2.2.2 Sălacea Museum House

The measurements made between 03.06.2018–2102.07.2018 in the Museum House in Sălacea Village indicated that the values of temperature, humidity and brightness comply, with small exceptions, the norms set in GD no. 1546/18.12.2003 [2]. Only the temperature recorded an average value higher by 1.3°C than the optimal one (22°C); while humidity, with an average of 65%, is at the upper limit of the ideal. The brightness, having values between 10 and 20 luces, does not influence textiles in any way.

However, these environmental conditions cause the development of microorganisms, which attack the tissues and endanger the health of the visitors. A number of 73 colonies were identified in the center of the main room, 63 colonies in the corners and 39 in the ceiling [2]. Due to the fact that the museum is visited only periodically by tourists, the number of fungal species was obviously smaller than in the wooden church, only three being observed (Alternaria, Geotrichum and Cladosporium) [48]. However, the action of the bacteriological microflora present inside can cause degradation of textile fibers, as well as health problems (allergies) in humans [6].

2.2.3 National Archives of Romania: Bihor County Service

According to the order No. 235/05.07.1996, supplemented by the Daily Provision of the General Director of the National Archives No. 92/14.05.2009 [57], for the optimum preservation of the documents (including those of textile materials) the microclimate of the interior should be kept between 15 and 25°C regarding the average air temperature, between 40 and 65% the average relative humidity and below 0.3 m/s the speed of air currents [49]. Excluding the relative humidity, which registered a value with 2% (38%) lower than the limit, the other elements are included in these norms (average air temperature of 23.3°C; air currents speed of 0 m/s). The amount of CO2 recorded an average of 570 ppm, a value considered to be within normal parameters [58].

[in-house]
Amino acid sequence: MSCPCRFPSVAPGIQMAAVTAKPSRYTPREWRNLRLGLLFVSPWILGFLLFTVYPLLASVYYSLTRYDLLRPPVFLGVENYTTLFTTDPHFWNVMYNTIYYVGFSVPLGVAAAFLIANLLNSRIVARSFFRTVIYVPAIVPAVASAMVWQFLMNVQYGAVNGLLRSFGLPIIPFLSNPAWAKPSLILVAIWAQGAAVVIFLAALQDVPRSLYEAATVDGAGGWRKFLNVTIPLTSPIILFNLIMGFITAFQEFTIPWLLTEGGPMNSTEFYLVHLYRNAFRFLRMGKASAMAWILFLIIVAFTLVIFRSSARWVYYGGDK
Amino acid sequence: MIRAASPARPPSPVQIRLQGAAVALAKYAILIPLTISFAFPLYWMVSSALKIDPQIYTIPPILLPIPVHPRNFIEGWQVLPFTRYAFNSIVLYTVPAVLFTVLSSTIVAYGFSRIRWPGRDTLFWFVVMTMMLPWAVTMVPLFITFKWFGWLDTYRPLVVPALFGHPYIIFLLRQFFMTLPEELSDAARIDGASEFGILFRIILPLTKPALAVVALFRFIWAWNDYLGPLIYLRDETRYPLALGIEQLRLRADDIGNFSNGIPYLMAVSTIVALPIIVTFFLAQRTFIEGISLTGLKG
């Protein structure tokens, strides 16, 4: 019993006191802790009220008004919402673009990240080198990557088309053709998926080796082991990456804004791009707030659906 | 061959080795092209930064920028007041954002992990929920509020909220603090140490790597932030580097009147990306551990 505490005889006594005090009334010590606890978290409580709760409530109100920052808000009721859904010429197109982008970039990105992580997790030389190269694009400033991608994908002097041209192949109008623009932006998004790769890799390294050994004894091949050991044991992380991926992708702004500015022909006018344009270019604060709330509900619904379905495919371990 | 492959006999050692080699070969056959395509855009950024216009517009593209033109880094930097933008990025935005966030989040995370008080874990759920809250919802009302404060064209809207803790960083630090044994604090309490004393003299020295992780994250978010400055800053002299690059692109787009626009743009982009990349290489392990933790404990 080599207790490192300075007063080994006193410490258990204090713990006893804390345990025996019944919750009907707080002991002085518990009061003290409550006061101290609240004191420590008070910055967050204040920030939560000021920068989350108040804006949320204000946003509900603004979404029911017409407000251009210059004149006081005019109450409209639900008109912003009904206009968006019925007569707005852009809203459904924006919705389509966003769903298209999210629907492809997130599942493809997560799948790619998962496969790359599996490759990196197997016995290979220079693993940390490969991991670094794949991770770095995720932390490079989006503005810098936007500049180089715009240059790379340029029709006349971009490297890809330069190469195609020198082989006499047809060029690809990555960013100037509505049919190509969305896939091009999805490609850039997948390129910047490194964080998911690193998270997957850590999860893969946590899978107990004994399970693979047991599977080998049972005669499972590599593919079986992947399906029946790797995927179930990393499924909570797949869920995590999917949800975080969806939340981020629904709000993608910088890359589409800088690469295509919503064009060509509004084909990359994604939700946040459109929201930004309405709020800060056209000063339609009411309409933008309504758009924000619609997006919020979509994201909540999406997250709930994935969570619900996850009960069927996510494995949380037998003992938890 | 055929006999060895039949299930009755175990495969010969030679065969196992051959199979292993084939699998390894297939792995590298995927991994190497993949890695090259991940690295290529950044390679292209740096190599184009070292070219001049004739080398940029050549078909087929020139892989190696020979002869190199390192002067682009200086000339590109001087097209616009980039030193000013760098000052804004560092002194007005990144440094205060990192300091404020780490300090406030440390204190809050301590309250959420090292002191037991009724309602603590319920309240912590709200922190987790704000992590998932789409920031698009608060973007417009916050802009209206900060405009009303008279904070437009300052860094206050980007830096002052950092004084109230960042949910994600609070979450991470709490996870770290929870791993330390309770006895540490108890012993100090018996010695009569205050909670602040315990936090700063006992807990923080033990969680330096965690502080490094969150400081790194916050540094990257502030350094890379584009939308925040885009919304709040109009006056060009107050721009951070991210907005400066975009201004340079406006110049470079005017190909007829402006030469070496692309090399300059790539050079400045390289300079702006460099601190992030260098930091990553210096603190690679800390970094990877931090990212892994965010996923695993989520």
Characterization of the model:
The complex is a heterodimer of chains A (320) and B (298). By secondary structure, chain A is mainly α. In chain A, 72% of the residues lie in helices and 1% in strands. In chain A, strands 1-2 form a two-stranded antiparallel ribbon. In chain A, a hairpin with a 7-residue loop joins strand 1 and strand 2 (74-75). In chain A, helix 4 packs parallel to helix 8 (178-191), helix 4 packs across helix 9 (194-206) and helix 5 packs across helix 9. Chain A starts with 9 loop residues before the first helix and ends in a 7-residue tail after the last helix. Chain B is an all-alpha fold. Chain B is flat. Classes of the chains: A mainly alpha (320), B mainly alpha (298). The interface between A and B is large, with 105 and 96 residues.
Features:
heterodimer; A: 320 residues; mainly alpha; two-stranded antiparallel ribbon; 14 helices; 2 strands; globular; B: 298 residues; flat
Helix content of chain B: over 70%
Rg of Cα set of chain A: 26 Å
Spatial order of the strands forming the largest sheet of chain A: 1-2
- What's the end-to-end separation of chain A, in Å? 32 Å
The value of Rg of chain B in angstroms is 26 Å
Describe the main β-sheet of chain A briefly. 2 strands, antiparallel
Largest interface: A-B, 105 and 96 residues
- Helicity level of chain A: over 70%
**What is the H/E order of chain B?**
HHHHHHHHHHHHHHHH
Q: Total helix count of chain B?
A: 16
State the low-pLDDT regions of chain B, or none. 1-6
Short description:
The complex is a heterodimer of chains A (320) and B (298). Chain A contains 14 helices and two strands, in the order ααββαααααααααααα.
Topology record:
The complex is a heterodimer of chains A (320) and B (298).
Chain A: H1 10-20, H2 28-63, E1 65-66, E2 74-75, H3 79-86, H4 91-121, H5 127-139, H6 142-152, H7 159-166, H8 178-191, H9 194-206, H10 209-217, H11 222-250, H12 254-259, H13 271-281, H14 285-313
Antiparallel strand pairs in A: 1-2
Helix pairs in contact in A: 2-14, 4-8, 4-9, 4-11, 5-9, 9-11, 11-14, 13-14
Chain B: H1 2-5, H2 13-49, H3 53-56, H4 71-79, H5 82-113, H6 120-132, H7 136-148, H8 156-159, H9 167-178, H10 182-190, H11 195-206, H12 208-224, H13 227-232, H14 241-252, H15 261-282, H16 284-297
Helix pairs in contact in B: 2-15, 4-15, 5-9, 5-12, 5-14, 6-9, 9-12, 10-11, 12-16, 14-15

Aeromicroflora was determined to be composed of fungi species: Alternaria, Botrytis, Cladosporium, Penicillium, Scopulariopsis and various subspecies of Aspergillus [49]. These microorganisms affect human health and integrity of textile fibers; the second case being detected after the SEM analysis of the samples of old maps with textile support. These revealed that the fibers are strongly damaged due to the presence of fungi and dust. Among the microorganisms identified on the maps, there are different subspecies of Penicillium and Fusarium [50].


3. A new case study

In order to diversify the study objects, a new research on a textile material with historical implications was conducted. It is about a traditional women’s shirt called “ie” (Figure 6), specific to Alba County, Romania. The value of this fabric lies in its very old age (over 100 years), due to the fact that it is handmade from natural cotton fibers, but also due to the special significance it has in the life of local communities.

Figure 6.

The geographical location of the area of origin of the traditional women’s shirt “ie”.

Like the other collections of textiles presented above, which are stored in buildings with different environmental conditions, the present study comes to complete the way historical textiles are preserved in Romania. The traditional shirt, being part of a private collection, to which only the owner has access, its preservation conditions are different from all the other samples. It is stored in household microclimate, which commonly consists of an average temperature in the range of 20–24°C (during wintertime) and 23–26°C (during summertime). Also, the humidity level range between 30 and 60% [59]. Moreover, due to the fact that the piece still serves the purpose for which it was achieved, being occasionally worn, it is necessary to determine the bilateral implications of this action; both on the degree of conservation of the shirt and on the health of the wearer.

3.1 Methodology

Based on the methodology applied in previous studies, for the traditional shirt it was decided to evaluate the state of the material, its physical characteristics, the degree of mechanical destruction and the possible influence of atmospheric factors. The samples collected from the textile material were examined using the scanning electron microscope (SEM), to determine the current state of the fibers. The morphology of the fiber system was determined in order to identify visible damage under the microscope and verify the occurrence of dust on the tested impurities. An attempt was made to determine the fungi and other microorganisms potentially occurring on the tested material [60, 61]. The test samples were presented in successively increased magnifications, from 178× to 2.31K× at EHT 20.00 kV. Using the FEI Quanta 200 microscope, a comparative examination was performed between a white and a black thread from the shirt’s composition, in order to determine any differences in terms of material or degree of preservation. The whiteness index was determined with the Datacolor Spectrophotometer with a D65/10 lamp, by measuring the X, Y and Z chromatic components from three areas (Figure 7) with different bleaching levels.